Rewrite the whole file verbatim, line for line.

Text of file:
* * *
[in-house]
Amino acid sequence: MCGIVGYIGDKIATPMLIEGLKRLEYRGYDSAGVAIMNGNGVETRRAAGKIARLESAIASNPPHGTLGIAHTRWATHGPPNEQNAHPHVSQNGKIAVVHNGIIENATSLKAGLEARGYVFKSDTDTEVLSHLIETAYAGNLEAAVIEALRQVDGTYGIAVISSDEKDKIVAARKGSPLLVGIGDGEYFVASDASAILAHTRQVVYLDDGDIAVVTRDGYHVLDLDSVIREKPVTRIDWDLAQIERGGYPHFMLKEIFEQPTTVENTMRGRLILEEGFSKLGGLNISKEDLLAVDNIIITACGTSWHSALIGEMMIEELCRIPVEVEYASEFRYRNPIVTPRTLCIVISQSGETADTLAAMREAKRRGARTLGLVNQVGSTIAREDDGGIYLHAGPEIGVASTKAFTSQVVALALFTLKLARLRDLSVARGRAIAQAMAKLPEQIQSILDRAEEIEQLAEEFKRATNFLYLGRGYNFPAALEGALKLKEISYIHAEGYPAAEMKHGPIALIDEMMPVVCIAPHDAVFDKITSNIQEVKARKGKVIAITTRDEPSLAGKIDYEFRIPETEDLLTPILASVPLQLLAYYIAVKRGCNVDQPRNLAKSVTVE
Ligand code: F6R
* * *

[in-house]
Amino acid sequence: MCGIVGYIGDKIATPMLIEGLKRLEYRGYDSAGVAIMNGNGVETRRAAGKIARLESAIASNPPHGTLGIAHTRWATHGPPNEQNAHPHVSQNGKIAVVHNGIIENATSLKAGLEARGYVFKSDTDTEVLSHLIETAYAGNLEAAVIEALRQVDGTYGIAVISSDEKDKIVAARKGSPLLVGIGDGEYFVASDASAILAHTRQVVYLDDGDIAVVTRDGYHVLDLDSVIREKPVTRIDWDLAQIERGGYPHFMLKEIFEQPTTVENTMRGRLILEEGFSKLGGLNISKEDLLAVDNIIITACGTSWHSALIGEMMIEELCRIPVEVEYASEFRYRNPIVTPRTLCIVISQSGETADTLAAMREAKRRGARTLGLVNQVGSTIAREDDGGIYLHAGPEIGVASTKAFTSQVVALALFTLKLARLRDLSVARGRAIAQAMAKLPEQIQSILDRAEEIEQLAEEFKRATNFLYLGRGYNFPAALEGALKLKEISYIHAEGYPAAEMKHGPIALIDEMMPVVCIAPHDAVFDKITSNIQEVKARKGKVIAITTRDEPSLAGKIDYEFRIPETEDLLTPILASVPLQLLAYYIAVKRGCNVDQPRNLAKSVTVE
Ligand code: F6R